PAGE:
Moms with careers are constantly navigating the balance of time spent between work and family life. The holidays are especially a busy time with holiday preparations.
According to Pew Research Center roughly 56% of working moms are stressed about juggling work and family life. Another 40% of working mothers say they always feel rushed while 53% of all working parents say it’s difficult to balance work and childcare responsibilities. Twenty-three percent of mothers say they aren’t spending enough time with their children.
Ambitious women know they can have it all, but not without sacrifice. The 65-hour work weeks don’t magically halt once a working mom has children. Other than more spa days, here are some helpful tips on making sure career driven women still find the time to spend with her children.
1. Wake up an hour early/stay up an hour later
Depending on if you and your kids are morning people or night owls will determine which method works for you. By waking up an hour early you have extra time to get ready--reducing the feeling of being in a rush--and it also allows for an hour more of time to talk and spend time with your children before their day starts. Sacrificing that extra hour of sleep at night can mean finding out your daughter has a new crush. It’s worth it.
2. Have more dinners at home
It’s super hard. Sometimes after a day of meetings, responding to emails and handling crises, you don’t get to your real work until after 6PM. You decide to stay in the office for one hour and it turns into three. By the time you get home it’s 10PM and your kids have eaten dinner and may be in bed. Dinner with family is important, memorable times. It allows you to decompress from the day’s work and just be mommy.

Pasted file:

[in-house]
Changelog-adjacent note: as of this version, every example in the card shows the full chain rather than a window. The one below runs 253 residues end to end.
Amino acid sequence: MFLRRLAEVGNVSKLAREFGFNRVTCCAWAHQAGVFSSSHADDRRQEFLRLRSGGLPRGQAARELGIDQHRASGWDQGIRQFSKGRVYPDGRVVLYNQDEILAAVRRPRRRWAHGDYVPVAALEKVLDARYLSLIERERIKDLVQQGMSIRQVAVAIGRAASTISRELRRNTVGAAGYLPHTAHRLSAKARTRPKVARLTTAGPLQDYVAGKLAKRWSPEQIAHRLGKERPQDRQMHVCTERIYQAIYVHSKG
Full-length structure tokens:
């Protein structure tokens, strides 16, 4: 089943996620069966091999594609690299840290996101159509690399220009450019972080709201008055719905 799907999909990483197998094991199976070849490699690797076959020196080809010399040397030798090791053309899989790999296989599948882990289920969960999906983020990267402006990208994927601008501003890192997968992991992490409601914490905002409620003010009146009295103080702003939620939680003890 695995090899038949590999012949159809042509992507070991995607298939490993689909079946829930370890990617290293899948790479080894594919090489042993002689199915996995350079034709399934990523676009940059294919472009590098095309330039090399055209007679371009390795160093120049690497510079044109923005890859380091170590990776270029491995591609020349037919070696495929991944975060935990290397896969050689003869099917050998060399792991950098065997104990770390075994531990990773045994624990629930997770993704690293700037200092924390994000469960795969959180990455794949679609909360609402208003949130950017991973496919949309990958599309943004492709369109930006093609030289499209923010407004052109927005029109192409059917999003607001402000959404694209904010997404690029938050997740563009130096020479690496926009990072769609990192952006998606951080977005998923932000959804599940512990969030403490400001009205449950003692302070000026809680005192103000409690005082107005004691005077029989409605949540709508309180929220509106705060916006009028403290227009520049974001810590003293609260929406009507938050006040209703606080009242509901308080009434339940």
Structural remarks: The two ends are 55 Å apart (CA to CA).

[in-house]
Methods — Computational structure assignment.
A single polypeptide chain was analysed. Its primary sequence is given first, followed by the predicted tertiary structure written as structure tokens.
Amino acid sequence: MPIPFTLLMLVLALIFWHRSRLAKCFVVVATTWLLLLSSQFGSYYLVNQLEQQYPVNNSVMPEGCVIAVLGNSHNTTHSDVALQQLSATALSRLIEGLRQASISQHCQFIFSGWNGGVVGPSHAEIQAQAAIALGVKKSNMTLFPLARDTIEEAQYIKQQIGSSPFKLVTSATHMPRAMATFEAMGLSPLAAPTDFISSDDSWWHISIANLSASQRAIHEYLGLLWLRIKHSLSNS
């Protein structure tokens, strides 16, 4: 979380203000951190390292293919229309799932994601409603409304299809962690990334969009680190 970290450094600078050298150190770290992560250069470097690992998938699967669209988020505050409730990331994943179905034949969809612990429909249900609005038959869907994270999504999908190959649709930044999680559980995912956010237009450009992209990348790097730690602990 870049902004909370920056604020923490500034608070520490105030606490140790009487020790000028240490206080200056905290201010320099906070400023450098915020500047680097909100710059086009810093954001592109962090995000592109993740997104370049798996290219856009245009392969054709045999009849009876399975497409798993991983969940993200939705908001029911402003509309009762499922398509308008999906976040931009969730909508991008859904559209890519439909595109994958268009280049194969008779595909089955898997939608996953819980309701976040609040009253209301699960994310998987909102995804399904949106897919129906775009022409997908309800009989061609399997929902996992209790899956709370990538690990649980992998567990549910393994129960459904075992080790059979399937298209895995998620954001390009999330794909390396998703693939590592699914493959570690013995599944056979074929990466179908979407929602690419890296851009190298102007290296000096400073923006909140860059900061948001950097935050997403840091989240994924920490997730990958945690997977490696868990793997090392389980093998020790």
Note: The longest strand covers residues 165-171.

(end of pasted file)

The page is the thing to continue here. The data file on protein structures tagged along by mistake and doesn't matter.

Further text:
3. Attending your kids extracurricular activities
Bills have to get paid. Working moms don’t always have the leisure or authority to leave work early for their kid’s dance recital or soccer game. But making an effort to be there shows your kids that you care. There are countless interviews or movies where we’ve heard an adult reflecting on their parents never going to one of their games (à la Love and Basketball). They never quite forget the sting of not seeing their mom when looking into the audience.
4. Family time on the weekend
Unplug. One day of the weekend should solely be dedicated to family time. As the children get older they’ll have their own lives. And if they’re teenagers there will be a time where they rather do anything than be seen with their parents. Plan activities, at-home movie nights, game night or anything that won’t send you into a sleep coma and won’t bore the kids to tears.
5. Keep work at work
There’s few things worse than seeing a child fighting for the mother’s attention. In her own world, the mother continues talking on the phone or shopping without ever answering the child. Kids want to be listened to. They need moments of their parents undivided attention. Constantly being on your iPhone at home to check work emails makes it nearly impossible to give kids the attention they require. It’s important to be fully present when you are with your kids. Plus, you don’t want to miss something important your kid is trying to tell you, or miss significant changes in behavior patterns because you were always checking work emails.